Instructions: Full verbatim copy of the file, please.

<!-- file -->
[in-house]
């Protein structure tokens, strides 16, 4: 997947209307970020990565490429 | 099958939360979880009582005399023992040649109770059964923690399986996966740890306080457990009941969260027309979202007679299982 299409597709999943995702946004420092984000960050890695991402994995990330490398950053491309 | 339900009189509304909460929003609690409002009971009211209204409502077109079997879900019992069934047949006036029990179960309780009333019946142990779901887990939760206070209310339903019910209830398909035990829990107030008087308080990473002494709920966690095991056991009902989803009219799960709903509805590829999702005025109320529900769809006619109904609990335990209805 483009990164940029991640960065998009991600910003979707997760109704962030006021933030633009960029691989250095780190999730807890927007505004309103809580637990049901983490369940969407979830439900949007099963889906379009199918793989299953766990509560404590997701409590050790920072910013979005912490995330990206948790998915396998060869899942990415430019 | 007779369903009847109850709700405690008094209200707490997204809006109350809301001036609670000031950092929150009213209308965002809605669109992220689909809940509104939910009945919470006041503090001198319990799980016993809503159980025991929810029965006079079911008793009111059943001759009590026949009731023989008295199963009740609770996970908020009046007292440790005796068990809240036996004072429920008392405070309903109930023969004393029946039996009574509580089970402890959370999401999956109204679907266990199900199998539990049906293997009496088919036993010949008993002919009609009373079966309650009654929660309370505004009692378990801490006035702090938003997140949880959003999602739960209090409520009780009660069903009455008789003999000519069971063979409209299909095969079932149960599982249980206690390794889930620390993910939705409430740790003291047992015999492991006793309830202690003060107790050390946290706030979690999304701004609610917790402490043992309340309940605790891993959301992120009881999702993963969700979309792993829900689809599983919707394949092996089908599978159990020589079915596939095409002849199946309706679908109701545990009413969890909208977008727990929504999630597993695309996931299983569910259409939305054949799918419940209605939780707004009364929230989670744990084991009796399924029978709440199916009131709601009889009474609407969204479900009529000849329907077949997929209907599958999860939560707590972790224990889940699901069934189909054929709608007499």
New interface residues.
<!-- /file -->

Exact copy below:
[in-house]
């Protein structure tokens, strides 16, 4: 997947209307970020990565490429 | 099958939360979880009582005399023992040649109770059964923690399986996966740890306080457990009941969260027309979202007679299982 299409597709999943995702946004420092984000960050890695991402994995990330490398950053491309 | 339900009189509304909460929003609690409002009971009211209204409502077109079997879900019992069934047949006036029990179960309780009333019946142990779901887990939760206070209310339903019910209830398909035990829990107030008087308080990473002494709920966690095991056991009902989803009219799960709903509805590829999702005025109320529900769809006619109904609990335990209805 483009990164940029991640960065998009991600910003979707997760109704962030006021933030633009960029691989250095780190999730807890927007505004309103809580637990049901983490369940969407979830439900949007099963889906379009199918793989299953766990509560404590997701409590050790920072910013979005912490995330990206948790998915396998060869899942990415430019 | 007779369903009847109850709700405690008094209200707490997204809006109350809301001036609670000031950092929150009213209308965002809605669109992220689909809940509104939910009945919470006041503090001198319990799980016993809503159980025991929810029965006079079911008793009111059943001759009590026949009731023989008295199963009740609770996970908020009046007292440790005796068990809240036996004072429920008392405070309903109930023969004393029946039996009574509580089970402890959370999401999956109204679907266990199900199998539990049906293997009496088919036993010949008993002919009609009373079966309650009654929660309370505004009692378990801490006035702090938003997140949880959003999602739960209090409520009780009660069903009455008789003999000519069971063979409209299909095969079932149960599982249980206690390794889930620390993910939705409430740790003291047992015999492991006793309830202690003060107790050390946290706030979690999304701004609610917790402490043992309340309940605790891993959301992120009881999702993963969700979309792993829900689809599983919707394949092996089908599978159990020589079915596939095409002849199946309706679908109701545990009413969890909208977008727990929504999630597993695309996931299983569910259409939305054949799918419940209605939780707004009364929230989670744990084991009796399924029978709440199916009131709601009889009474609407969204479900009529000849329907077949997929209907599958999860939560707590972790224990889940699901069934189909054929709608007499």
New interface residues.